Thomas Jane and Laurence Fishburne star in the new thriller, 'Standoff.'
Thomas Jane is a three-time Golden Globe nominee for his role in Hung and he’s a Screen Actor’s Guild nominee as a cast member of Boogie Nights. In his newest film, Standoff, Carter (Thomas Jane), a troubled veteran, gets a chance at redemption by protecting a 12 year-old girl from an assassin (Laurence Fishburne) after she witnesses a murder. Holding a shotgun with a single shell, he engages in physical and psychological warfare in a desperate fight for the girl’s life. He recently discussed how his acting career started in Bollywood, his audition for Boogie Nights and his current film, Standoff.
National Monitor: Unlike most Americans, you got your start in Bollywood.
Thomas Jane: Can you imagine that? I was from the suburbs of Washington D.C. I grew up in Maryland out in the sticks. My neighbor worked in Bethesda, Maryland next to an acting school – the Maryland Academy of Dramatic Arts. The neighbor told my mom to have me check it out and I did. There, a wonderful man named Ralph Tabakin taught me some of the basics. He called me up and told me he knew one of the investors for a Bollywood film that was filming in America. They were looking for a blue-eyed, blonde haired kid to star in this Bollywood film and Ralph told me to go and audition.
This Bollywood film crew went around the country in an RV and a couple of vans to film this movie about this American boy and this Indian girl who meet and run away together across America because their parents don’t want them falling in love. When we finished, we packed up and went to India where I lived for six months.
What was it like to be a 17-year-old in India?
I turned 17 in India. It was like traveling to another planet. I hadn’t traveled much as a kid. I had grandparents in Alabama and grandparents in New York and those were the only places I had ever been. Going to India was like traveling to Mars. I loved every second of it. The food was better than anything I had ever had in my life. They offered me a contract with the Bollywood film studio and said, ‘we want you to be the white guy, the token white guy in our Bollywood films.’ I filmed a couple when I was over there, but then I got homesick and I packed up my stuff and went home. I took the money that they gave me and bought a car and drove across the country to California.
How old were you when you drove across the country?
I was 17.
Oh, you were still 17? So was L.A. a culture shock of its own?
It sure was. I didn’t have any money in my pocket. I had a couple hundred bucks. I sold my car and gave my money to an acting teacher and started taking acting lessons. I started doing theatre on Theatre Row on Santa Monica Blvd. I started a couple of theatre companies with friends. We performed plays for orphanages. We did children’s plays. We built the sets and would strap them to the top of our cars and drive down to inner-city elementary schools. We started a little theatre in a store front in East Hollywood and did theatre for years until I was 25.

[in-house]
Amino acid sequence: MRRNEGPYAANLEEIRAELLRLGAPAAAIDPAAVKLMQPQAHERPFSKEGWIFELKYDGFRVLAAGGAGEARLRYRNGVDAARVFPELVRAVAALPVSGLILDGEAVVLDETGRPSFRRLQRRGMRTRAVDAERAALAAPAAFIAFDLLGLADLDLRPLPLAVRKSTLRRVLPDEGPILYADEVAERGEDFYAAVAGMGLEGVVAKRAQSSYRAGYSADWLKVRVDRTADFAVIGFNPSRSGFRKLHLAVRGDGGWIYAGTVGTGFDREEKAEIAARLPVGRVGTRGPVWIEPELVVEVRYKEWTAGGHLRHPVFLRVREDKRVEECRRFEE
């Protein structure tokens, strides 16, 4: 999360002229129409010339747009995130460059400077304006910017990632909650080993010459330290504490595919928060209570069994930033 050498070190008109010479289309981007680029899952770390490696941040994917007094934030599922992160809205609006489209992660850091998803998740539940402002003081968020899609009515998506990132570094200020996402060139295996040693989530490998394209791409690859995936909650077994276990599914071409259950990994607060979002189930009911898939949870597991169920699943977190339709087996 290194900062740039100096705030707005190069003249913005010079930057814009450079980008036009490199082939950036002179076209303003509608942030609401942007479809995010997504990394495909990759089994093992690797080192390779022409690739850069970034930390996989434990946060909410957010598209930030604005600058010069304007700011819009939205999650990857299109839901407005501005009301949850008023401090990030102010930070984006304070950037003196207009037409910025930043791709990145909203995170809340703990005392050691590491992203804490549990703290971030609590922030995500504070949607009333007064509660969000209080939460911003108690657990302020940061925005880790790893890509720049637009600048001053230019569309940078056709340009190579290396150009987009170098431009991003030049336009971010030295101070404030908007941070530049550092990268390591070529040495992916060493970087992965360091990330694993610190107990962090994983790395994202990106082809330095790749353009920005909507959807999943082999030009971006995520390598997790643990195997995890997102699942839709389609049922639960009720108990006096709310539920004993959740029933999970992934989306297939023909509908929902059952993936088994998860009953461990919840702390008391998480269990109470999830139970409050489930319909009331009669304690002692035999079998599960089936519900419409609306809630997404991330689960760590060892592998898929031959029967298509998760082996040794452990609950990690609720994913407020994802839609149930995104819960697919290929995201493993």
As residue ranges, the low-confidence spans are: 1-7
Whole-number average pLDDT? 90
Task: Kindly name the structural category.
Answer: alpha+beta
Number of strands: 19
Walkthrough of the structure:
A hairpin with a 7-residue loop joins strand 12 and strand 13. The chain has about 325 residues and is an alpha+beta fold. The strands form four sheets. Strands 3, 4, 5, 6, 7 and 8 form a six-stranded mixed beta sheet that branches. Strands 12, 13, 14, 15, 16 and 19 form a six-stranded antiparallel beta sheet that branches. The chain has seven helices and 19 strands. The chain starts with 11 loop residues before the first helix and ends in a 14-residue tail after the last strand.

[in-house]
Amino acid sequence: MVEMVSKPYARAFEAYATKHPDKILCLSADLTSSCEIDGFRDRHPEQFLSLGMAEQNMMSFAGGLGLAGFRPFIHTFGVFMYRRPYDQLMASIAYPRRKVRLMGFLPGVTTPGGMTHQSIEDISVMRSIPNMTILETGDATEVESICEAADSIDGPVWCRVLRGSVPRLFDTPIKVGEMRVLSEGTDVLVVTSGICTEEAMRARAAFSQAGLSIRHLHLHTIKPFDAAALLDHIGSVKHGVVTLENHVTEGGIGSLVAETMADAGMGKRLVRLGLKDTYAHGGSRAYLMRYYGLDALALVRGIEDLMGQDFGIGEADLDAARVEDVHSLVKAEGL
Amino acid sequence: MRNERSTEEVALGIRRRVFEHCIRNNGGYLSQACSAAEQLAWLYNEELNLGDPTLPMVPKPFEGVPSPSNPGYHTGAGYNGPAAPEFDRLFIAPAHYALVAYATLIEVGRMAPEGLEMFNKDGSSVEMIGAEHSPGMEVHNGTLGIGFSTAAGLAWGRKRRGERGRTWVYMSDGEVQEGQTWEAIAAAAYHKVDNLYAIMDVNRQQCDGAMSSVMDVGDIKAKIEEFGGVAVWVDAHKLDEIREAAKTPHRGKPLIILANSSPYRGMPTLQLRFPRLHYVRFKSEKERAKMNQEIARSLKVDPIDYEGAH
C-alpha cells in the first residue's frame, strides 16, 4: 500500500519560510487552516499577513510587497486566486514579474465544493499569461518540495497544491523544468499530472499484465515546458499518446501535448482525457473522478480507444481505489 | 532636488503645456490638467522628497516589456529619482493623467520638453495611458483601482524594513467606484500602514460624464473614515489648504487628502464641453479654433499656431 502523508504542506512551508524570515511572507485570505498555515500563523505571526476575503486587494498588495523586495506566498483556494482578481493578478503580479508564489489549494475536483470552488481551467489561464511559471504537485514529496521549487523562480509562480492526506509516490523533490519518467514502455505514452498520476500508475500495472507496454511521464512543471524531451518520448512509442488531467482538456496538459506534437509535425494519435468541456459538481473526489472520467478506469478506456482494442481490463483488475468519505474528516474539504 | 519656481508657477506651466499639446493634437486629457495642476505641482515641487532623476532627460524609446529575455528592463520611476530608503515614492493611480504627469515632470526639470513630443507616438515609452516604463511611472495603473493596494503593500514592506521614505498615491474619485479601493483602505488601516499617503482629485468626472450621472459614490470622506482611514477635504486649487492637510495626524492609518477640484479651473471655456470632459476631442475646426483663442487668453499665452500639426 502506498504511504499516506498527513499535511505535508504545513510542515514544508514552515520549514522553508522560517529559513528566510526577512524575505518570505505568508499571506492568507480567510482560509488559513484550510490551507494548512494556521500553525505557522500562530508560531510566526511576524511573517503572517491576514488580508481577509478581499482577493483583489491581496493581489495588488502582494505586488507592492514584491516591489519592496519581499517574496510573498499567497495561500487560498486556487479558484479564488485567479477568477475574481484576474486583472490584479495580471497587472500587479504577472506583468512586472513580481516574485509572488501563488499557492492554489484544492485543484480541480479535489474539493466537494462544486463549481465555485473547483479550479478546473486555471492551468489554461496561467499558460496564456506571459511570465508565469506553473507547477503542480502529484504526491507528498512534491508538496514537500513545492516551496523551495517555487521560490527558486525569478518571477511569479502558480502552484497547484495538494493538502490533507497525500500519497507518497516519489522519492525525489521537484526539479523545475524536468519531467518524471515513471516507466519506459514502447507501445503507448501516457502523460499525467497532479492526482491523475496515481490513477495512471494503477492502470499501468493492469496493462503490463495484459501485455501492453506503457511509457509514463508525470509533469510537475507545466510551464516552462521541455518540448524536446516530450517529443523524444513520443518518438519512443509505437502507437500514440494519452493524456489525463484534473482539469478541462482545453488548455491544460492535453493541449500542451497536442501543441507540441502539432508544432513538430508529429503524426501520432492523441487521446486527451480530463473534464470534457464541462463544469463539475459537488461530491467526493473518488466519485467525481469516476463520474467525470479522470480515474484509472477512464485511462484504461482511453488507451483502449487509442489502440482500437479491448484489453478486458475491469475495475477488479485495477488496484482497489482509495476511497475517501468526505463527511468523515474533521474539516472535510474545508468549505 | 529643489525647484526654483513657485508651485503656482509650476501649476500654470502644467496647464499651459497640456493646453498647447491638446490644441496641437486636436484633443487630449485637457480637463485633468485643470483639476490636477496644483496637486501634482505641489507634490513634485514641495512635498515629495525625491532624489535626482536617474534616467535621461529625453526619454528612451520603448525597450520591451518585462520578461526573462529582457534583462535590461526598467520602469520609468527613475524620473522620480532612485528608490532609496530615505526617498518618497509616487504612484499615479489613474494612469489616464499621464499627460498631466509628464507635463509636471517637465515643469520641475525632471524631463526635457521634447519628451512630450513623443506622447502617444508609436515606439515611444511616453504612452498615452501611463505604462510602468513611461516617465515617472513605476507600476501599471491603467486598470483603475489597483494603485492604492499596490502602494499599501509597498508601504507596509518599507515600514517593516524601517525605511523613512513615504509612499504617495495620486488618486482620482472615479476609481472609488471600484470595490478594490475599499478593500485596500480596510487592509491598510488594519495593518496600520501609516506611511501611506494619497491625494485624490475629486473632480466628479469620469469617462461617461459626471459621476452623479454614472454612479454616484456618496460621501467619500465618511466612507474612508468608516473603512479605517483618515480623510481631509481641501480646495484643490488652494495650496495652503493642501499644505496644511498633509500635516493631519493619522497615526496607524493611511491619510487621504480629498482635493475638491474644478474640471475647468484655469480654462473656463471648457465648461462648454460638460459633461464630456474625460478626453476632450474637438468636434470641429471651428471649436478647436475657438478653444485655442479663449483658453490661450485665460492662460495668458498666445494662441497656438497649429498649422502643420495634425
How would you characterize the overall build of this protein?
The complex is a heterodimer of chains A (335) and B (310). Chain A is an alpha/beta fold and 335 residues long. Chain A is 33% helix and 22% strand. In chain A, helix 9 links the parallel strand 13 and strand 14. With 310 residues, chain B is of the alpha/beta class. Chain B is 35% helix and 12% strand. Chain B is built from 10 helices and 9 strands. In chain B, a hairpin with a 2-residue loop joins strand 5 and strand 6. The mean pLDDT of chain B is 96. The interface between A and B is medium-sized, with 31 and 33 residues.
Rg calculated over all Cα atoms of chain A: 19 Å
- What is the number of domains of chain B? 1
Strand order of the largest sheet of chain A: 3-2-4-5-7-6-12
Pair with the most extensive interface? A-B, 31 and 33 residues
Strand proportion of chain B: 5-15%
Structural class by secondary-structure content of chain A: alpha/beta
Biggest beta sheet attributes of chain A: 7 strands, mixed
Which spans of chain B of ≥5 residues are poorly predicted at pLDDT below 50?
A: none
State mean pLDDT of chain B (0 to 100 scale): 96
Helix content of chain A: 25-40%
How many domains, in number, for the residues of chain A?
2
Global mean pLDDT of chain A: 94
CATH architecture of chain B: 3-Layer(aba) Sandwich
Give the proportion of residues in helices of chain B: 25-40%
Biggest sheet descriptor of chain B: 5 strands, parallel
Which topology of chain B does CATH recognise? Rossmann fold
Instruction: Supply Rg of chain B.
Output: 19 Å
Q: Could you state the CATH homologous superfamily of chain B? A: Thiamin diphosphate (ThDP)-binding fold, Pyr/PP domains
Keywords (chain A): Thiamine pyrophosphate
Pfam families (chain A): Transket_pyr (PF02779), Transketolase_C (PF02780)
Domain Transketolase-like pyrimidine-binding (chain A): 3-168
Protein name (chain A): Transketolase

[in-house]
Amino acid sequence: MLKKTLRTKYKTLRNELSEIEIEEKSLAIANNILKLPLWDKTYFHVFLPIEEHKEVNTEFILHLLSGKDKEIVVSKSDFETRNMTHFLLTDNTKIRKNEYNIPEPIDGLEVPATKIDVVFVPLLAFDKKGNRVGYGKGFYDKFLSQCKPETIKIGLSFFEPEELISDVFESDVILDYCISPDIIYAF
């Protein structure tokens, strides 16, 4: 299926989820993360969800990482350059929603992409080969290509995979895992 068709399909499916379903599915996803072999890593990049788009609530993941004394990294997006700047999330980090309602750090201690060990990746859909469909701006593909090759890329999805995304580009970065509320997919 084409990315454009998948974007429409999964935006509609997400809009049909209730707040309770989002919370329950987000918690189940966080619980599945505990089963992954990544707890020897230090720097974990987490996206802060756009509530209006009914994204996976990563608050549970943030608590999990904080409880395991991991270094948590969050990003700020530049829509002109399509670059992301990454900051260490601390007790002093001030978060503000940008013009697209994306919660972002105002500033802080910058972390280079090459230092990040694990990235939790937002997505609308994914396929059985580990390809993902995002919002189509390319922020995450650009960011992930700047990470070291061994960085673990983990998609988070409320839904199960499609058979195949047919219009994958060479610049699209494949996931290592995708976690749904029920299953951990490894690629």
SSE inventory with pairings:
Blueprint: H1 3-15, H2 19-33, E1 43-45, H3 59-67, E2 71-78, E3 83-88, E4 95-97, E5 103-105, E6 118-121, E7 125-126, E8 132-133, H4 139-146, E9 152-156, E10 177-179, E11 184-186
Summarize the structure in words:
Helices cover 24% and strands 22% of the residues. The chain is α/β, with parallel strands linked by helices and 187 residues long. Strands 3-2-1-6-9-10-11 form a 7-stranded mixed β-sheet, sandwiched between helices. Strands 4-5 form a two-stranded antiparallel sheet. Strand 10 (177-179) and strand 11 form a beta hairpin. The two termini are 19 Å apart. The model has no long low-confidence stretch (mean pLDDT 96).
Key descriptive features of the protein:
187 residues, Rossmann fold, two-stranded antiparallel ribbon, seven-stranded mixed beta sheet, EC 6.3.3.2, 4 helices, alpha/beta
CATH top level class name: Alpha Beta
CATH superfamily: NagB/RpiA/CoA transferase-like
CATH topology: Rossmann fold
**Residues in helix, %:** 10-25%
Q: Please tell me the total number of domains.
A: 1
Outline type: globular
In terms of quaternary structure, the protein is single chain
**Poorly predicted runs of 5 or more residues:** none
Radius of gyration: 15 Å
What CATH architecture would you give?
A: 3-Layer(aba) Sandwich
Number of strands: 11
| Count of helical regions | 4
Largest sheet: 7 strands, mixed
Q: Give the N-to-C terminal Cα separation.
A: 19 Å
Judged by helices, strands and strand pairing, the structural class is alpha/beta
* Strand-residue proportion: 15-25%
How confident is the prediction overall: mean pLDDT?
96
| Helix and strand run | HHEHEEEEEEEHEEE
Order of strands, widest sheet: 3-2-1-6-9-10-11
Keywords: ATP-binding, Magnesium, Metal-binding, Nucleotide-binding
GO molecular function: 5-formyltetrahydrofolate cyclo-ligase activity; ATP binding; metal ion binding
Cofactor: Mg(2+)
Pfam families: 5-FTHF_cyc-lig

Boogie Nights is one of my favorite movies ever so whenever I talk to someone who was in Boogie Nights, I have to ask about Boogie Nights. When you were reading the script or shooting the movie, did you have any idea it would become a classic.
I loved the script. It was 180 pages and there were all these different parts. The scene that really stuck out to me was the scene at Alfred Molina’s where the drug robbery goes down. I just loved that scene. The John Reilly part was taken but the Todd Parker part was available so I called up my agent and said, ‘I want to audition for this Todd Parker guy.’ I took the script down to my theatre company and I’d hand out pages to my theatre group and we’d read the different parts. We did that for a couple of days and that’s how I prepared for my audition. My audition was with Reilly and Phillip Seymour Hoffman. We all auditioned together to see how we were as a group for Paul Thomas Anderson. It was one of the better auditions because it was all improv.
We did the scene a couple of times, but what I remember is the improv. It was so much fun and we were laughing a lot. I thought, ‘even if I don’t get the part, it was fun and I did what I could do.’ You don’t find a lot of people who understand what synergy is. Anderson understands what synergy is between actors. People call it chemistry but it’s really a synergy with different people doing their thing. The only way to explore that is through improv. In all my years of auditioning, that was the only time we got together with different actors to really feel who you are in this part.
Most of Standoff is you and Laurence Fishburne, well, standing off. Is it more or less difficult when there’s so few people on the set?
I was interested in the movie because of the idea that it was a two-hander. It would be Laurence Fishburne and I acting together. When there’s basically two people in the movie – there’s a little kid in there too and she’s great – we call it a two-hander. You’re doing these dueling duets, call and response. That’s what was exciting for me. I got to go out and exercise my acting chops with a great actor, Fishburne. The two-hander aspect doesn’t come around that often. I think people that really enjoy acting will enjoy this picture.
Standoff opens in select theaters and on Video on Demand February 12th.